Broken Bolt Removal Tool


Bolts sometimes rust into place on car engines, electric motors or outdoor machinery like lawn mowers. When a bolt that threads into a solid piece like an engine clock breaks, the broken portion will need to be extracted. Two basic types of broken bolt extraction tools exist. The first is a square, tapered rod of hardened steel that has grooves cut into the corners; the second is a drill bit cut for counter-clockwise drilling.


  • In addition to the extraction tool, you need safety glasses, a center punch, hammer, electric drill or drill press, a drill bit that is one-half to three-quarters the diameter of the bolt (type 2 extractors only), wrench or tap handle that fits the extractor (type 2 extractors only), cooling oil, and a bolt extractor that is one-half to three-quarters the diameter of the bolt, vise or tie-down.


  • Secure the item with the broken bolt firmly in a vise or something similar, to ensure it does not move. Wearing eye protection, use the hammer and center punch to make a firm indentation at the very center of the broken bolt. This is to allow the drill bit to start without vibration and breakage.


  • Note that for any bit size above 1/4 inch (6 mm), you should drill a pilot hole with a smaller bit. This is also true of the type 2 bolt extractor. Drill slowly, using the cooling oil liberally to keep from dulling the bit by overheating it. Hold the drill as straight as possible, going into the bolt hole to avoid going off-center and drilling into the bolt hole threads.

Type 1 Extractor

  • The type 1 extractor is a square tapered rod of hardened steel that has grooves cut into the corners. This type is tapped into a hole drilled into the broken bolt, then turned with a wrench or tap handle. After drilling the broken bolt, place the correct size extractor into the bolt hole. The proper size should fit halfway into the depth of the bolt. Tap gently, straight down on the head of extractor, to set the extractor in the bolt. Place the wrench or tap handle on the extractor and turn gently counter-clockwise. If the extractor slips inside the broken bolt, remove the wrench and tap again. When it has set properly, the extractor will unscrew the remains of the bolt.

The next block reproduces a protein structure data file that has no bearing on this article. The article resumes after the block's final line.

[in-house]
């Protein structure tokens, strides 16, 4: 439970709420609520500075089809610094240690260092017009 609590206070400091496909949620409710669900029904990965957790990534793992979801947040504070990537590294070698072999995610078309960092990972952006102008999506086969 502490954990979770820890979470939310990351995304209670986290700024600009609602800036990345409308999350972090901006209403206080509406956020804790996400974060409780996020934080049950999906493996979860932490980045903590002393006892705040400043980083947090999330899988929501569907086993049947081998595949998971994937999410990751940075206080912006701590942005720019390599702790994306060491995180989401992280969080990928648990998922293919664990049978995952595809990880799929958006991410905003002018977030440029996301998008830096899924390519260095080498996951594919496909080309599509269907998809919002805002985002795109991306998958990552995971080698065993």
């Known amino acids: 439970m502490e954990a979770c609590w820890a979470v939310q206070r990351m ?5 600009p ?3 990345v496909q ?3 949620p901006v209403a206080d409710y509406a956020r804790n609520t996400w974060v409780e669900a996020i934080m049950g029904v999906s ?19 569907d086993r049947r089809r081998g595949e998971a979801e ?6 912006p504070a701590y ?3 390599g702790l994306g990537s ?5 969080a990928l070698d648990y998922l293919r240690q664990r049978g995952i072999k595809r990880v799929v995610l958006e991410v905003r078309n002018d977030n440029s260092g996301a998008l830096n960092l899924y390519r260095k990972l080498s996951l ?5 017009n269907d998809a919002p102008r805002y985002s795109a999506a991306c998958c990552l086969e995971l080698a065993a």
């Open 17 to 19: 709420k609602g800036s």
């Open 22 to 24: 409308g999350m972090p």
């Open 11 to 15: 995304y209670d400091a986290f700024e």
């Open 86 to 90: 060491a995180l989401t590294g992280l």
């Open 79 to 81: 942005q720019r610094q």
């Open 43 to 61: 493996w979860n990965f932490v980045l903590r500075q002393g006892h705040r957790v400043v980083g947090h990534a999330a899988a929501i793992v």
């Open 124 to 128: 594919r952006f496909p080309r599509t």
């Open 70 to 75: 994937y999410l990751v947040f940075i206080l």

Type 2 Extractor

  • The Type 2 drill bit is cut for counter-clockwise drilling. This type is easier to operate, but less likely to remove a cross-threaded bolt. With the type 2 extractor, the drill must be operated in reverse. As more of the extractor bit makes contact with the interior of the bolt, it will grab and unscrew the bolt, with the broken part remaining on the extractor. Use pliers to gently unscrew the broken bolt from the extractor. Be extremely careful when doing this; misuse can cause injury.

After Extraction

  • After removal of the broken bolt, inspect both the bolt and hole for the cause of the problem. If the bolt was cross-threaded--meaning that the bolts' threads cut across threads in the block or work piece, then further repairs may be necessary. The threads for both the bolt and the block will be crushed and distorted rather than the sharp "V" shape of a new thread. If rust and corrosion were the cause, the hole should be tapped out and cleaned with lubricating oil to prevent a repeat of the break.

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  • Photo Credit bolts in the pile image by Dmitri MIkitenko from
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